Author’s Blurb: I would often misread the time on analogue clocks. I once rushed to get ready for school as I thought my wall mounted IKEA clock showed 6.50AM, when it was actually 5.50AM. Even as an adult, I still second guess myself and would have to stare for longer to know I’m reading the time correctly.
So, when I came across Weng Yan’s MCO hobby-turned-business, konnii.watch (Konnii)—on top of being amazed at the way his products looked—I wondered: how did they even work?!
Does It Even Tell The Time?
Speaking to Vulcan Post, Weng Yan explained how Konnii watches work. Each watch has 3 tiers on them representing an hour dial, a minute dial, and a background to set the scene. The topmost tier tells the minute, while the second tier shows the hour.
A figurine is used to represent the time. “For example, I chose the head of the dog as the hour dial and a baby sheep as the minute dial. So if the head of the dog is pointed at the 3-hour mark, and the baby sheep is pointing at the 30-minute mark, I know that the time is 3:30,” he explained.
A quartz movement is used to keep the time of the watch accurate. As the miniature figures inside come with some weight on them, Weng Yan’s unable to use automatic and mechanical watch movements. This is because the object’s weight might interfere with timekeeping accuracy.
Quartz movement watches are also low maintenance, only requiring a routine battery change every few years.
Further, he clarified that these are mystery dial watches, not meant to tell the time down to the exact minute, but to provide an indication of the time. Weng Yan also considers his products an art piece, a conversation starter you wear on your wrist.
“It’s a representation of a unique story that you wear on your wrist while retaining the functionality of timekeeping,” shared Weng Yan. And this is why Konnii watches retail for US$1,500 (roughly RM6,181), as they’re also bespoke for each customer.
His Customers Found Him
Without even intending to commercialise his hobby, posting the aforementioned finished piece was how requests from customers poured in.
“Initially, I didn’t have much clue on how to price the watch as this is an art piece. To be honest, the first few watches were priced based on offers from customers,” disclosed Weng Yan to Vulcan Post.
After being commissioned for a sixth piece, he found that customers were willing to pay between US$1,500-2,000 per piece. The complexity of each design is also factored into its cost, and can take between 1-4 weeks to create.
To get an idea of what a customer wants, he would chat with them online to learn about their passions before recommending a fitting design. “For example, a father knew his son loves battlefield tanks. Hence, he wanted to build a battlefield tank watch for his son,” shared Weng Yan.
“This really excites me as I would hope the son will remember his dad fondly whenever he wears the watch that I have made.”
Since starting 2 months ago, Weng Yan has received over 20 bespoke requests for Konnii watches from global customers. They consist of mostly men from the UK, US, Russia, and a few from Malaysia.
The first custom piece he made for a client followed the theme of prosperity, with 9 koi fish swimming in a pond. It’s reminiscent of the first piece he ever made which started it all.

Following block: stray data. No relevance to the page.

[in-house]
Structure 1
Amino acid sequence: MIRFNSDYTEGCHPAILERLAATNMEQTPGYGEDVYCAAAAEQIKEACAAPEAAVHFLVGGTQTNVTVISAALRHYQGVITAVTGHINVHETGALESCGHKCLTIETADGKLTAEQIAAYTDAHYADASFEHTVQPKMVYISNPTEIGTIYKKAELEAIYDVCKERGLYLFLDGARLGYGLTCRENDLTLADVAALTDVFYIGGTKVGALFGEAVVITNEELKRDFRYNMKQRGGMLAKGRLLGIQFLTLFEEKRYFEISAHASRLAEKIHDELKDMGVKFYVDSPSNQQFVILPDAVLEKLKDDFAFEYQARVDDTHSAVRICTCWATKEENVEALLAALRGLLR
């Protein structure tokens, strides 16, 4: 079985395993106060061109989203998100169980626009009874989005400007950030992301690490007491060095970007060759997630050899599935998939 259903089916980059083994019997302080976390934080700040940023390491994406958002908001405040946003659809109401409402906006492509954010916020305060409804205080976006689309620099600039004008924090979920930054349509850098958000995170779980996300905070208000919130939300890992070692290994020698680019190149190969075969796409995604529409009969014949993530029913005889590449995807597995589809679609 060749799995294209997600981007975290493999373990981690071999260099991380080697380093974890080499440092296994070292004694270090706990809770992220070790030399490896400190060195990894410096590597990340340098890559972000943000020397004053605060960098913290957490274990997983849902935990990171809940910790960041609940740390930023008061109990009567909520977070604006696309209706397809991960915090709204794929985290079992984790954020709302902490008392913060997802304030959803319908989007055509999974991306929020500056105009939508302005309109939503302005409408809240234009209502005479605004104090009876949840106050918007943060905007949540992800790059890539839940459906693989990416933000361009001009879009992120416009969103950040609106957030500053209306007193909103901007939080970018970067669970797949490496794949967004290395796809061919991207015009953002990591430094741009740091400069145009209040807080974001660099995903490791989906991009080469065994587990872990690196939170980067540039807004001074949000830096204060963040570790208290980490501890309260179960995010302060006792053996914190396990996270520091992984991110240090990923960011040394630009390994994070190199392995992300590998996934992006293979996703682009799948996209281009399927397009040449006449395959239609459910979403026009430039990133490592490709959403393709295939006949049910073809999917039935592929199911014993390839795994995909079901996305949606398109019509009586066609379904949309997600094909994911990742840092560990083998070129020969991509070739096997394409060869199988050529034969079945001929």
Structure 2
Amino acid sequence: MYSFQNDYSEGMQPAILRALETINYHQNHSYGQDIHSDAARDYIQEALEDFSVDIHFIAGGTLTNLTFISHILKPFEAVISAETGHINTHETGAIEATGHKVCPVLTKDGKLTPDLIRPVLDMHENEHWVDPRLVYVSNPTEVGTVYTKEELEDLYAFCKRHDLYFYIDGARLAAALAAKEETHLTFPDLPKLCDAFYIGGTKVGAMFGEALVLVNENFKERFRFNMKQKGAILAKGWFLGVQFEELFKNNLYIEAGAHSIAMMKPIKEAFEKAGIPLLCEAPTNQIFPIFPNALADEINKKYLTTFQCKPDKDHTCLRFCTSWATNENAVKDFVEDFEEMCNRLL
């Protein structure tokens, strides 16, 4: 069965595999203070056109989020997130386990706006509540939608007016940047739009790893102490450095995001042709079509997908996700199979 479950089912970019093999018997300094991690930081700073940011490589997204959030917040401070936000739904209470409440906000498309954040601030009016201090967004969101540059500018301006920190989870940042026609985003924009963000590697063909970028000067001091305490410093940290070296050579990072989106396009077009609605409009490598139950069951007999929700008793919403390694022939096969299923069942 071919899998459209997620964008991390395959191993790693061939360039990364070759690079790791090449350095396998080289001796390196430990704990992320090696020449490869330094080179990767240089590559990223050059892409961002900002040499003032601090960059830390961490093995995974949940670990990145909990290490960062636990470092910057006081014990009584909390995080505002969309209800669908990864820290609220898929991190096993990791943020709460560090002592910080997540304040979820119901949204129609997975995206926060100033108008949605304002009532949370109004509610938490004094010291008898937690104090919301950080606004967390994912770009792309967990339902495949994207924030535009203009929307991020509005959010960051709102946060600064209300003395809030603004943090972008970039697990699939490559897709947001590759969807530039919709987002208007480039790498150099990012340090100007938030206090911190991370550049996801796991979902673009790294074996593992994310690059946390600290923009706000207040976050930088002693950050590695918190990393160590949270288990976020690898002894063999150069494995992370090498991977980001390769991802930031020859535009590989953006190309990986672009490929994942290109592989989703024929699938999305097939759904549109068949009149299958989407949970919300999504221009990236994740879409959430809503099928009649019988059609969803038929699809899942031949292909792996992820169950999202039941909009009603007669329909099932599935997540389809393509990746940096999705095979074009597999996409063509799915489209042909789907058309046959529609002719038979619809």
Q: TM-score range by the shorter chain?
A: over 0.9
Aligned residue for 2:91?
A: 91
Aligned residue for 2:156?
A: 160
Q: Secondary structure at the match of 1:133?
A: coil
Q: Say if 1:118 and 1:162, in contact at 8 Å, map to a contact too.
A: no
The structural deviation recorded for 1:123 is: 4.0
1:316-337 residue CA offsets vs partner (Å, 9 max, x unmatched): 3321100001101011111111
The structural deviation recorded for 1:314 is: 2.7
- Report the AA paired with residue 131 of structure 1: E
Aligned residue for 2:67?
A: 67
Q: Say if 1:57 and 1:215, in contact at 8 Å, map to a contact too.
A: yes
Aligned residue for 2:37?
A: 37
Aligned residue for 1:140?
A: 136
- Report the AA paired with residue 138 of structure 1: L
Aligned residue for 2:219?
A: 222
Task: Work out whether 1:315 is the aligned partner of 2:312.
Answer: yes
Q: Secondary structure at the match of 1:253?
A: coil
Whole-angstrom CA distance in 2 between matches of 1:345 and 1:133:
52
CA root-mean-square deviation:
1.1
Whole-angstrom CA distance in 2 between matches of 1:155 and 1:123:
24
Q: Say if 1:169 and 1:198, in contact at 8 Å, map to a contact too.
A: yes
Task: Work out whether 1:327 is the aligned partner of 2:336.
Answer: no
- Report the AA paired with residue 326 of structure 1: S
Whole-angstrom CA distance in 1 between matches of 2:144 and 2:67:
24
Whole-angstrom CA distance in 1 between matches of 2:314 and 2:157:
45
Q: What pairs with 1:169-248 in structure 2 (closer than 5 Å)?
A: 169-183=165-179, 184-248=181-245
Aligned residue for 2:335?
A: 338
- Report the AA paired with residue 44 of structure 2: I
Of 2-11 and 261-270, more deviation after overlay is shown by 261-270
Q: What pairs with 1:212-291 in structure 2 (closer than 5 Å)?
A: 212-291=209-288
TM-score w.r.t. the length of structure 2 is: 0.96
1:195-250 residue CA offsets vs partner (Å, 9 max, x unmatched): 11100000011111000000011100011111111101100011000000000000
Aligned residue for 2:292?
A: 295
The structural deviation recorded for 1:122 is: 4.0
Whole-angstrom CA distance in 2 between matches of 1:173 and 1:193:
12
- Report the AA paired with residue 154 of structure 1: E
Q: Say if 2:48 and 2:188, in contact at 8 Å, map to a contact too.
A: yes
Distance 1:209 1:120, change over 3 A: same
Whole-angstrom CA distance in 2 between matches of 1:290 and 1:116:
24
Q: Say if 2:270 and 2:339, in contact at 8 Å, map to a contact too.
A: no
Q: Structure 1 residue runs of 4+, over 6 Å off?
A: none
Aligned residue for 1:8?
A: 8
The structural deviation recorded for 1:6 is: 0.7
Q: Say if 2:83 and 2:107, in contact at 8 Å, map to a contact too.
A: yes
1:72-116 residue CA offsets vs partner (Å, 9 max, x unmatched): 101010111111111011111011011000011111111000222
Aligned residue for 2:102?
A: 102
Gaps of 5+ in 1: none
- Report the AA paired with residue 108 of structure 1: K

His Very First Watch Turned Counter-Clockwise
Weng Yan’s inspiration for crafting watches came during MCO 2.0 while stuck at home and having a sleepless night.
He then decided to search online for watches he could gift his wife. With most timepieces looking identical to him, his cart was left abandoned.
“So I decided to make a unique watch myself. A watch that is truly personal. A conversation starter,” he said. With a steady hand and a dormant interest in the arts, the entrepreneur dug out some crusty paint and brushes to begin his first piece.
It was a setting with two koi fish swimming in a pond, encapsulated in a snowglobe 41mm in diameter. The watch was completed within 3 days.
“However the fishes were swimming backwards, as I had forgotten about the watch’s hand moving clockwise. It’s quite embarrassing, but I think it’s the tiny imperfection that made me like the watch even further,” he recalled.
Upon its completion, his ideas snowballed. He wondered what other miniature designs he could create to fit in these watches, what other stories he could tell.
Overenthusiastic and determined while his family was asleep, he spent late nights creating more pieces that ranged from a dog herding some sheep to dinosaurs taking over the land. He added that he’s since purchased a new set of art supplies too.
With the basic functions of the watch completed and being sold, Weng Yan plans to explore the mechanics of a better quality movement. He also hopes to improve the product’s branding and packaging within the next 2 years.
“I want to collaborate with major brands, influencers, artists, and sportsmen to make a watch that they are proud to wear,” shared Weng Yan.
“In fact, I am going to make the next watch off the famous Muhammad Ali during this triumphant moment in boxing.”
Bottom Line: The watches are intriguing on many levels, from their artistry in miniature sculpting, mechanics in their functionality, and uniqueness to each individual. It’s interesting to see such an uncommon product that’s also functional and wearable artistry being pioneered by a Malaysian.
Featured Image Credit: Weng Yan, founder of Konnii